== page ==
My pretty little truth: a coming out story

Curtusy of Creative Commons

Marina Pariser

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The first time I came out was less a coming out and more so a falling out on my butt. As a child, other than seeing my parents’ friends Josh and Kevin, who I was told were “very close companions,” I had never seen a member of the LGBTQ community in my life.

My close friend Greer had been talking up Pretty Little Liars, so of course, I had to watch it for the drama and teen angst. That was when I was introduced to Emily Fields. Emily was one of the main characters on the show who happened to go through her own coming out process. I was absolutely shocked. I had never in my life seen someone go through what Emily did.  

Fast forward two years, and with the surge of hormones associated with adolescence, I found myself thinking about Emily more and more. I was realizing that while I definitely liked guys, I also definitely liked girls.

 Realizing that you aren’t straight is a hard concept to grapple with, and while I knew that I definitely wasn’t, I had no idea how to tell the people I loved. One day, early in 8th grade, Greer and I went to a baseball game with our parents. We were still very close, and talked about Pretty Little Liars together. While we were watching the Nationals get absolutely smeared by the opposing team, I asked her to go get ice cream with me. We got up and walked towards the little stand for overpriced frozen sweets. I braced myself, silently whispering a prayer to the gay gods and blurted out, “I think I’m like Emily.”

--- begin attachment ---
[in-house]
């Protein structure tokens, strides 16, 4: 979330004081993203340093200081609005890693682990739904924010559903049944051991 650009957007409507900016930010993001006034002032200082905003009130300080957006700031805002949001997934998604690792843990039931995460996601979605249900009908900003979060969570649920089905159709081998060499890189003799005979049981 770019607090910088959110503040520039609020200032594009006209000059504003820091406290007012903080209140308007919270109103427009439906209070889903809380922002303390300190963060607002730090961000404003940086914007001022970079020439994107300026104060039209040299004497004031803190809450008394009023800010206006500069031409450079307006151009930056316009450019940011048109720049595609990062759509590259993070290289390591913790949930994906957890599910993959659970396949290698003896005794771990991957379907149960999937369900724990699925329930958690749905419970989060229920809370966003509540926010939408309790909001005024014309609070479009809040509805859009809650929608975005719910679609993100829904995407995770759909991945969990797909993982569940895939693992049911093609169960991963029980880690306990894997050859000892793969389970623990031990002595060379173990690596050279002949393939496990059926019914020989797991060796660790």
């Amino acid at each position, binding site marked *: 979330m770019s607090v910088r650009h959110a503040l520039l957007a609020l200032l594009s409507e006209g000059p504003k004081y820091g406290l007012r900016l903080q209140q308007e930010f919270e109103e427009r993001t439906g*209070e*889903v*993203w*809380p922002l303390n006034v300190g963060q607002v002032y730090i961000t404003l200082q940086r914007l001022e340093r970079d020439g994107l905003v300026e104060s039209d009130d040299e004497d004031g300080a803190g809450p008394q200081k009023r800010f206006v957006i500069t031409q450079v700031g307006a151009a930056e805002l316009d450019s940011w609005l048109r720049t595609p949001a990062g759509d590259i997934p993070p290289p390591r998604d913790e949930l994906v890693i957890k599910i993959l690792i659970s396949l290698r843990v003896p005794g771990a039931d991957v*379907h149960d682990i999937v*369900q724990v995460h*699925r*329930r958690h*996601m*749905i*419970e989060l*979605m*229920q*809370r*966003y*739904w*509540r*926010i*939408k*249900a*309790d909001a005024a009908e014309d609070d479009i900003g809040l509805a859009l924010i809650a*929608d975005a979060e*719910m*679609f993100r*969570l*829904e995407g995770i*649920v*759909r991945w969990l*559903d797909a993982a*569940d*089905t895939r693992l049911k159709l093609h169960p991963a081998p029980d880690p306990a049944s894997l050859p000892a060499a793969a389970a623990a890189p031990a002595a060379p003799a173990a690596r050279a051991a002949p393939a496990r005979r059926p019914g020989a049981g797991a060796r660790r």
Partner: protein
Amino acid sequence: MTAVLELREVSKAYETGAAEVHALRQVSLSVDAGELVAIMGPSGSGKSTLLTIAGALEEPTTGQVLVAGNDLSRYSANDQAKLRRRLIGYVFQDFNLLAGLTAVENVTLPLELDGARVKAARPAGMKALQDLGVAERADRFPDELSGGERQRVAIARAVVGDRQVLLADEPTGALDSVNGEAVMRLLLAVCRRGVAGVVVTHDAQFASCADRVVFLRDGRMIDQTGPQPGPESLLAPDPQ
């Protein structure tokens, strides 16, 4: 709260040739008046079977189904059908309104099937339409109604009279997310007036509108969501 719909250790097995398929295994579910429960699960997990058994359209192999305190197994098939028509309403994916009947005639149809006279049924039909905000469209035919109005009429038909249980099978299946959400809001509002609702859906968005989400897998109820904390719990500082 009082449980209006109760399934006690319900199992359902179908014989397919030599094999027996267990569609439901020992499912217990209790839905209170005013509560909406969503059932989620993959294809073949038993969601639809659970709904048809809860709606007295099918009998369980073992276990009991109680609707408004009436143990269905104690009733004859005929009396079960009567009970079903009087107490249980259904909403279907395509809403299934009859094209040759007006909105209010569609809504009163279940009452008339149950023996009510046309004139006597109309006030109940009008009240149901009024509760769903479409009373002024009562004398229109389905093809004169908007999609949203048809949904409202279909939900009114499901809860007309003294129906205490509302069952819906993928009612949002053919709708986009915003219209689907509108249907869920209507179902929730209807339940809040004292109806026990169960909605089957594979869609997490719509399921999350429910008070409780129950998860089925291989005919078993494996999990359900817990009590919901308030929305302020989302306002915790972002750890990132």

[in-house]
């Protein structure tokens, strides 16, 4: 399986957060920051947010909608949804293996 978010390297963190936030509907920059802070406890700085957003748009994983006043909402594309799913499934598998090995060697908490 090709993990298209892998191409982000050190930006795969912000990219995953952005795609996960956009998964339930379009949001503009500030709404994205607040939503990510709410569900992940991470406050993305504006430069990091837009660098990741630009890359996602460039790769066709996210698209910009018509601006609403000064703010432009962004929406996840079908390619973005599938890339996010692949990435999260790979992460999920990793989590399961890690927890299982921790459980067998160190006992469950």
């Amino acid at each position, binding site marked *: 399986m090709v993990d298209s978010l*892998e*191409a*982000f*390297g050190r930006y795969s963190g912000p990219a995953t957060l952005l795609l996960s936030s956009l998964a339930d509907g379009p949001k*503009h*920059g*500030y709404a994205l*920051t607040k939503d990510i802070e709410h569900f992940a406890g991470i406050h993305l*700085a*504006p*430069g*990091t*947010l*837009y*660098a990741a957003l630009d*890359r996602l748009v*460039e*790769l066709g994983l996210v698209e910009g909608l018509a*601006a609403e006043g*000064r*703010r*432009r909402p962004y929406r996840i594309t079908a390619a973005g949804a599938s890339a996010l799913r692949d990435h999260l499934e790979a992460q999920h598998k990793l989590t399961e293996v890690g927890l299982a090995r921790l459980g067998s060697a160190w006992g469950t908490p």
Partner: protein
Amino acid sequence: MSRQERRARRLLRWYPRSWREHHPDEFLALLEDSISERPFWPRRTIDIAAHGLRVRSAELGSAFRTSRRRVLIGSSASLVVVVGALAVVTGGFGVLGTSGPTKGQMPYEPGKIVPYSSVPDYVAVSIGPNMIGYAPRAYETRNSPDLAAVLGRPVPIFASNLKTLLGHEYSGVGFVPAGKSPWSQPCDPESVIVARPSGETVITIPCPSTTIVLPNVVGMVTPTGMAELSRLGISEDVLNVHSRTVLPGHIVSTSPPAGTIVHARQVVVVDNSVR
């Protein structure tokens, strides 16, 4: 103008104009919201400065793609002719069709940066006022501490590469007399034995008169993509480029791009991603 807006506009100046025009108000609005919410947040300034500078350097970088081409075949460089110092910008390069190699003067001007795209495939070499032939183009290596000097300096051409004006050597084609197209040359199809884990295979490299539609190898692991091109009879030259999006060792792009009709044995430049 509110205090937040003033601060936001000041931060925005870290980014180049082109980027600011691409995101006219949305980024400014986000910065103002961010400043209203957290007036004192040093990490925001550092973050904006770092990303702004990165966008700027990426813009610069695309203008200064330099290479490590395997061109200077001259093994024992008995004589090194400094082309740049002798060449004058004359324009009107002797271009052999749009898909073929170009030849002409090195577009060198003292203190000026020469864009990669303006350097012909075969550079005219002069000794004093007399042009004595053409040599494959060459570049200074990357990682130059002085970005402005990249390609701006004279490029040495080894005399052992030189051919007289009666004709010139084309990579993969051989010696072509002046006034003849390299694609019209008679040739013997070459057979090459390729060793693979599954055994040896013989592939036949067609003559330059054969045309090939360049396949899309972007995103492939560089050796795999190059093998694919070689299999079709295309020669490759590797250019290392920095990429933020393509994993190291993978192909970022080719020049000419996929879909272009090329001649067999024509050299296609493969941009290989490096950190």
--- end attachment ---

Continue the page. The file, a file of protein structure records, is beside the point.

Greer looked at me blankly for a second, and then she said, “Stuck in a teen drama?”

I shook my head, afraid of what she would say if I actually uttered the words “I’m bisexual.” All of a sudden, she looked at me, raised both of her eyebrows, and said “Ohh.”

I smiled half-heartedly and she grinned.

Since then, I have come out to a lot of people. It has been a little different every time, and every time there is always the fear I had when I told Greer that first time, fear that I will not be accepted, or that I will be seen in a different, negative light. While that fear is completely valid, in our Wilson community I have found that people are accepting more often than not. So to anyone out there who is struggling with coming to terms with their sexuality, know that you are loved and will find your place.